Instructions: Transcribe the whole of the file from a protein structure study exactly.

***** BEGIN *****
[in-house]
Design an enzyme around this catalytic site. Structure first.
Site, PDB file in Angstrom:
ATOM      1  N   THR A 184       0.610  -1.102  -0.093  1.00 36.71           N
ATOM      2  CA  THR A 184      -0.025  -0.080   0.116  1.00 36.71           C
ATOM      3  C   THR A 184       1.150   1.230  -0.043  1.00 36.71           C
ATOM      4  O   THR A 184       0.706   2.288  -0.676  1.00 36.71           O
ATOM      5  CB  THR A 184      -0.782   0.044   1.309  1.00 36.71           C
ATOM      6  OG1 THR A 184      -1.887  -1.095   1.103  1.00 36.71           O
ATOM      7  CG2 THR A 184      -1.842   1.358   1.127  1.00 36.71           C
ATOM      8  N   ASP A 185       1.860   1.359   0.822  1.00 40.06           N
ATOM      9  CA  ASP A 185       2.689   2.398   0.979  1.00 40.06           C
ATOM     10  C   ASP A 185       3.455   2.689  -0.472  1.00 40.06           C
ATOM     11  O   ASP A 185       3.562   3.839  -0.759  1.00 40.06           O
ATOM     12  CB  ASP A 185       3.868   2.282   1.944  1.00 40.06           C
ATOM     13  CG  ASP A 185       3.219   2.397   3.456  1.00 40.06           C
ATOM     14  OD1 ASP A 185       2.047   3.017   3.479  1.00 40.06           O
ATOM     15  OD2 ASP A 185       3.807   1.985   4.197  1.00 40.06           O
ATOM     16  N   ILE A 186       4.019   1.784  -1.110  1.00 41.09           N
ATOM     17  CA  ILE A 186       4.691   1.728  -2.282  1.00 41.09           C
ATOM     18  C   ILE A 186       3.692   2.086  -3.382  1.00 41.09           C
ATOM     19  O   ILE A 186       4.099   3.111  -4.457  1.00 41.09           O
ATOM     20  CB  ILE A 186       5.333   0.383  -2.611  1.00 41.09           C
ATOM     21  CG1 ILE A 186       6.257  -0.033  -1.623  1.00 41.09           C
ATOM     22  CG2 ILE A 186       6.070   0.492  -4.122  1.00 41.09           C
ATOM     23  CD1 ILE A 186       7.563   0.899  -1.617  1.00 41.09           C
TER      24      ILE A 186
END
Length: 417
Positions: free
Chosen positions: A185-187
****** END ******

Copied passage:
[in-house]
Design an enzyme around this catalytic site. Structure first.
Site, PDB file in Angstrom:
ATOM      1  N   THR A 184       0.610  -1.102  -0.093  1.00 36.71           N
ATOM      2  CA  THR A 184      -0.025  -0.080   0.116  1.00 36.71           C
ATOM      3  C   THR A 184       1.150   1.230  -0.043  1.00 36.71           C
ATOM      4  O   THR A 184       0.706   2.288  -0.676  1.00 36.71           O
ATOM      5  CB  THR A 184      -0.782   0.044   1.309  1.00 36.71           C
ATOM      6  OG1 THR A 184      -1.887  -1.095   1.103  1.00 36.71           O
ATOM      7  CG2 THR A 184      -1.842   1.358   1.127  1.00 36.71           C
ATOM      8  N   ASP A 185       1.860   1.359   0.822  1.00 40.06           N
ATOM      9  CA  ASP A 185       2.689   2.398   0.979  1.00 40.06           C
ATOM     10  C   ASP A 185       3.455   2.689  -0.472  1.00 40.06           C
ATOM     11  O   ASP A 185       3.562   3.839  -0.759  1.00 40.06           O
ATOM     12  CB  ASP A 185       3.868   2.282   1.944  1.00 40.06           C
ATOM     13  CG  ASP A 185       3.219   2.397   3.456  1.00 40.06           C
ATOM     14  OD1 ASP A 185       2.047   3.017   3.479  1.00 40.06           O
ATOM     15  OD2 ASP A 185       3.807   1.985   4.197  1.00 40.06           O
ATOM     16  N   ILE A 186       4.019   1.784  -1.110  1.00 41.09           N
ATOM     17  CA  ILE A 186       4.691   1.728  -2.282  1.00 41.09           C
ATOM     18  C   ILE A 186       3.692   2.086  -3.382  1.00 41.09           C
ATOM     19  O   ILE A 186       4.099   3.111  -4.457  1.00 41.09           O
ATOM     20  CB  ILE A 186       5.333   0.383  -2.611  1.00 41.09           C
ATOM     21  CG1 ILE A 186       6.257  -0.033  -1.623  1.00 41.09           C
ATOM     22  CG2 ILE A 186       6.070   0.492  -4.122  1.00 41.09           C
ATOM     23  CD1 ILE A 186       7.563   0.899  -1.617  1.00 41.09           C
TER      24      ILE A 186
END
Length: 417
Positions: free
Chosen positions: A185-187